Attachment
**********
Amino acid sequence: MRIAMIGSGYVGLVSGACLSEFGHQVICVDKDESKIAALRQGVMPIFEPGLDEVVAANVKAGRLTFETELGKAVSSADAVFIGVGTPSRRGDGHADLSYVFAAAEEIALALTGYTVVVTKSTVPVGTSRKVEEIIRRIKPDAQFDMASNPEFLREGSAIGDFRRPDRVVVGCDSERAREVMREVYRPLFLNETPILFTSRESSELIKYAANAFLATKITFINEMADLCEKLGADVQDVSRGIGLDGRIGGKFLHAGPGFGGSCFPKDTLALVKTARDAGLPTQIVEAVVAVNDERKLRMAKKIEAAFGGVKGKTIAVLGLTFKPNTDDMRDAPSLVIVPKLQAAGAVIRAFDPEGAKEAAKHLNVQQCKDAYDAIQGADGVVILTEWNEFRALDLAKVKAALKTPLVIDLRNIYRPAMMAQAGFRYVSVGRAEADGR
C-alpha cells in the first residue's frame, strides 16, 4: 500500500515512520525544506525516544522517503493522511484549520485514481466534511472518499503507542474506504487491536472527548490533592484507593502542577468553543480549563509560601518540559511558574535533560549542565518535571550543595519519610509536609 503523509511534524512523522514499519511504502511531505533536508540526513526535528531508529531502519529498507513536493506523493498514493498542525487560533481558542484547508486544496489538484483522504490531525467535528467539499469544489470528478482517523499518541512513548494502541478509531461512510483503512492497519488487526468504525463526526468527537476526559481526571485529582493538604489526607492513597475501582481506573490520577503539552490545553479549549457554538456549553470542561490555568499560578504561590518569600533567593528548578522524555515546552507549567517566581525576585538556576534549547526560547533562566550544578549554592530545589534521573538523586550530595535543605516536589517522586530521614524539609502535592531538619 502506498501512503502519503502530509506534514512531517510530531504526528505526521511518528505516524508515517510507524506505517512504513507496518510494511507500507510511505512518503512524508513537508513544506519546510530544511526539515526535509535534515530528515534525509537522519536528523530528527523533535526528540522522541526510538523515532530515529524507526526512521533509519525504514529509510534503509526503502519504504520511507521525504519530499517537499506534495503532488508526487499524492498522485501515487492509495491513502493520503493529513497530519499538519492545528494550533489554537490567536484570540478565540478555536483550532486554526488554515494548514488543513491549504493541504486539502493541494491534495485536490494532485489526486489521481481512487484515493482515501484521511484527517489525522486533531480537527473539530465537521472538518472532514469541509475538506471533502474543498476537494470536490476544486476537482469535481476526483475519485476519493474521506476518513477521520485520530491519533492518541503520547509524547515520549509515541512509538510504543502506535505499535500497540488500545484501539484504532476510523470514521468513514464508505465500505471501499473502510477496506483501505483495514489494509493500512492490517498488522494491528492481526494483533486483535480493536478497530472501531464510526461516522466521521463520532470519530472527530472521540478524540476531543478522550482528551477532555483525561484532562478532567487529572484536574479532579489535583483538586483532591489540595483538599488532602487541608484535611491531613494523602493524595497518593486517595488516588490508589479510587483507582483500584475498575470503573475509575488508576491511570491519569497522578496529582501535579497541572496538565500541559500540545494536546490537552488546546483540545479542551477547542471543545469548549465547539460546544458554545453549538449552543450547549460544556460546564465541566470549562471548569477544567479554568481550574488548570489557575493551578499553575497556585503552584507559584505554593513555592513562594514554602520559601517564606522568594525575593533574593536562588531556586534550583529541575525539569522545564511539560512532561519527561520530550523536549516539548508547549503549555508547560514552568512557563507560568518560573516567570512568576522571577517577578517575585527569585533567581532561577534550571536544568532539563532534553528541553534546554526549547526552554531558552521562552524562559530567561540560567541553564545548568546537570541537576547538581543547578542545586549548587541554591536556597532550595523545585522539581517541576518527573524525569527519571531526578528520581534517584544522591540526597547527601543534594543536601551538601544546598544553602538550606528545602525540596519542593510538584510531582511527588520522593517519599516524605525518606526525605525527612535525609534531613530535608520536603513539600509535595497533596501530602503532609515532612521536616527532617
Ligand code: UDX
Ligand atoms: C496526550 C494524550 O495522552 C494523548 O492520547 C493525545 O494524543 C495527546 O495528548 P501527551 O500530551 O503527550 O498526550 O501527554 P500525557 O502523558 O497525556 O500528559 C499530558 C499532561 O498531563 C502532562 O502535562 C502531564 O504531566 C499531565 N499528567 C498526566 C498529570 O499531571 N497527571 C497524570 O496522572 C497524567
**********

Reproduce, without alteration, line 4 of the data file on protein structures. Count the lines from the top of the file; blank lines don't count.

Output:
Ligand atoms: C496526550 C494524550 O495522552 C494523548 O492520547 C493525545 O494524543 C495527546 O495528548 P501527551 O500530551 O503527550 O498526550 O501527554 P500525557 O502523558 O497525556 O500528559 C499530558 C499532561 O498531563 C502532562 O502535562 C502531564 O504531566 C499531565 N499528567 C498526566 C498529570 O499531571 N497527571 C497524570 O496522572 C497524567